Georg Thieme Verlag Stuttgart KG · New York
Truncated Hemoglobins in Actinorhizal Nodules of Datisca glomerata
Received: November 2, 2006
Accepted: March 28, 2007
07 August 2007 (eFirst)
Three types of hemoglobins exist in higher plants, symbiotic, non-symbiotic, and truncated hemoglobins. Symbiotic (class II) hemoglobins play a role in oxygen supply to intracellular nitrogen-fixing symbionts in legume root nodules, and in one case (Parasponia sp.), a non-symbiotic (class I) hemoglobin has been recruited for this function. Here we report the induction of a host gene, dgtrHb1, encoding a truncated hemoglobin in Frankia-induced nodules of the actinorhizal plant Datisca glomerata. Induction takes place specifically in cells infected by the microsymbiont, prior to the onset of bacterial nitrogen fixation. A bacterial gene (Frankia trHbO) encoding a truncated hemoglobin with O2-binding kinetics suitable for the facilitation of O2 diffusion ([Tjepkema et al., 2002]) is also expressed in symbiosis. Nodule oximetry confirms the presence of a molecule that binds oxygen reversibly in D. glomerata nodules, but indicates a low overall hemoglobin concentration suggesting a local function. Frankia TrHbO is likely to be responsible for this activity. The function of the D. glomerata truncated hemoglobin is unknown; a possible role in nitric oxide detoxification is suggested.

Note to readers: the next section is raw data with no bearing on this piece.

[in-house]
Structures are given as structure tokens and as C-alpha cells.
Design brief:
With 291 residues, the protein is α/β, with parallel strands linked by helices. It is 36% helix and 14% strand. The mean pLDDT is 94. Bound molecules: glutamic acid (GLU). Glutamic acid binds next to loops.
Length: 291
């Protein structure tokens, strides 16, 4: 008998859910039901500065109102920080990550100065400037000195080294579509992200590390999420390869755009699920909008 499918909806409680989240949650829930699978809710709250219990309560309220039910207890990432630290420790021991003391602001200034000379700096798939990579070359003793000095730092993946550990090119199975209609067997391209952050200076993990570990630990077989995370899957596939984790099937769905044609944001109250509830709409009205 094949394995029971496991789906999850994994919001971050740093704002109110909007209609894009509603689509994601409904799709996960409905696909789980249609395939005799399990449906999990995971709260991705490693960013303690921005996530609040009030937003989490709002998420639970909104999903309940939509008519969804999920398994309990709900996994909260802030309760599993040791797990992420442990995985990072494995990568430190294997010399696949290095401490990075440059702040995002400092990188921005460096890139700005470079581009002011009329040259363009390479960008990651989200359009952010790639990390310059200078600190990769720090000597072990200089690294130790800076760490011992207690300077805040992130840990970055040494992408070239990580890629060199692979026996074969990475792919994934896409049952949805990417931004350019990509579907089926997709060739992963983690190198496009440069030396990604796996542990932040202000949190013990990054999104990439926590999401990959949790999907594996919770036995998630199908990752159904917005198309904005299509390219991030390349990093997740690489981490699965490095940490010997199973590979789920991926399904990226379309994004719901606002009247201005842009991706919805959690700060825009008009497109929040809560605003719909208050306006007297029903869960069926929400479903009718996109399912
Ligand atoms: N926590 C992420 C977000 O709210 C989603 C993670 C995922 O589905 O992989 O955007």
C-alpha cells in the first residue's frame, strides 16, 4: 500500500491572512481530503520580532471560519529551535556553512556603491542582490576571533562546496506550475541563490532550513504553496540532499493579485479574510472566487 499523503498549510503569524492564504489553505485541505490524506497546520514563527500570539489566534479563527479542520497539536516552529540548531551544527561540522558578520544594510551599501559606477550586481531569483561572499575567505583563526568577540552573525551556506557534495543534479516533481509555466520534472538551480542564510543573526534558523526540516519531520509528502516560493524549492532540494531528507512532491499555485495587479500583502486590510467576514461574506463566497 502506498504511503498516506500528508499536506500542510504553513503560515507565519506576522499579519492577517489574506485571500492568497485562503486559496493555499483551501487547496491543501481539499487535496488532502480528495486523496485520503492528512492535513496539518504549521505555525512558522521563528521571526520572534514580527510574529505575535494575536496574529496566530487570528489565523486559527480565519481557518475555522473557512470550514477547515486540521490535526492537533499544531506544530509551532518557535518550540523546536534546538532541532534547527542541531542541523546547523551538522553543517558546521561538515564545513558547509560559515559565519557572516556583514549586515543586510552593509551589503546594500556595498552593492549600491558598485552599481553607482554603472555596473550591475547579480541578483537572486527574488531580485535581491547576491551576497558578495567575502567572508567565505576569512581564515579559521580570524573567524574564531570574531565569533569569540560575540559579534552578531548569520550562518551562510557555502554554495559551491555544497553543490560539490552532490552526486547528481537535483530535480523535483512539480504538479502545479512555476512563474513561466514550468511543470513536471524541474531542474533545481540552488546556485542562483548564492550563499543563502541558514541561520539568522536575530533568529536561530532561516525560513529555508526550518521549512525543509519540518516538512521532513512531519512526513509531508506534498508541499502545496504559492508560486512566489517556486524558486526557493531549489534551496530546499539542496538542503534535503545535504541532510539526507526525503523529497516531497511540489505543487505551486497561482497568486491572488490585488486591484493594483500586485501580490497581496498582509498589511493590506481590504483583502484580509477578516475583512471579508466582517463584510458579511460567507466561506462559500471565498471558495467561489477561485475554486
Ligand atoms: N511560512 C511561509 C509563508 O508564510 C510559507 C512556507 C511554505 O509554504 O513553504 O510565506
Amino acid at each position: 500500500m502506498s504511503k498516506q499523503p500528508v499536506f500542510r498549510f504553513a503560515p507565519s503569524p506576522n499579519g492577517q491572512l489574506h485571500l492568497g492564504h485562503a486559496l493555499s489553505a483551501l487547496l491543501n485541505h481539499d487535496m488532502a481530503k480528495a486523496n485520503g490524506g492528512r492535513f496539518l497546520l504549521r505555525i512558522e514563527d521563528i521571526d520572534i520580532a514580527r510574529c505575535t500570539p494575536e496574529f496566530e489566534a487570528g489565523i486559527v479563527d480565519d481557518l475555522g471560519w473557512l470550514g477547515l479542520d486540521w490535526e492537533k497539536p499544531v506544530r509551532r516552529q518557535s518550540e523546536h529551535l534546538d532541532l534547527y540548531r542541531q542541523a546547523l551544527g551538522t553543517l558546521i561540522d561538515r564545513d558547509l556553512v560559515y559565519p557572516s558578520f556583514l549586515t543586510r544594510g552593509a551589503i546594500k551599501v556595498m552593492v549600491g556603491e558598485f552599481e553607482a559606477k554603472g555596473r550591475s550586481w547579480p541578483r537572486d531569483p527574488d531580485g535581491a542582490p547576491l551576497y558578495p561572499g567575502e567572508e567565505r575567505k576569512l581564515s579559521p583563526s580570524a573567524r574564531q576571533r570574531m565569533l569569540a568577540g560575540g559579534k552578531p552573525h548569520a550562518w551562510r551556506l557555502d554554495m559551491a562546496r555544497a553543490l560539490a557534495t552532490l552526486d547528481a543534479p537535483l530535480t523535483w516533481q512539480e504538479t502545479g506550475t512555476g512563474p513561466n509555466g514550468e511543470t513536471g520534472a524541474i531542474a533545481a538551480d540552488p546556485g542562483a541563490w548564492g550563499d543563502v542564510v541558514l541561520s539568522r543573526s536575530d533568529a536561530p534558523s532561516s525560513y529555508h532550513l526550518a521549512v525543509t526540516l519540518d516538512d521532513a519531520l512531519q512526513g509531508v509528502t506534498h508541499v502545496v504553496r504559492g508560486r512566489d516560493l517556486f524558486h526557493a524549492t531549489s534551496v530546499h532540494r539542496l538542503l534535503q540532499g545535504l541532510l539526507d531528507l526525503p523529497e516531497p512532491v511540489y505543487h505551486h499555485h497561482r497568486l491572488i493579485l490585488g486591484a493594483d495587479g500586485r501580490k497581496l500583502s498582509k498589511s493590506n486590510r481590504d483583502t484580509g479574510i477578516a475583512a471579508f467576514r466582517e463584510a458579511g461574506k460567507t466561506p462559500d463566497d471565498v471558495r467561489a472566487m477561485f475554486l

Nitrogen-fixing root nodules - leghemoglobin - hemoglobin - nitric oxide - glb3 - trHb.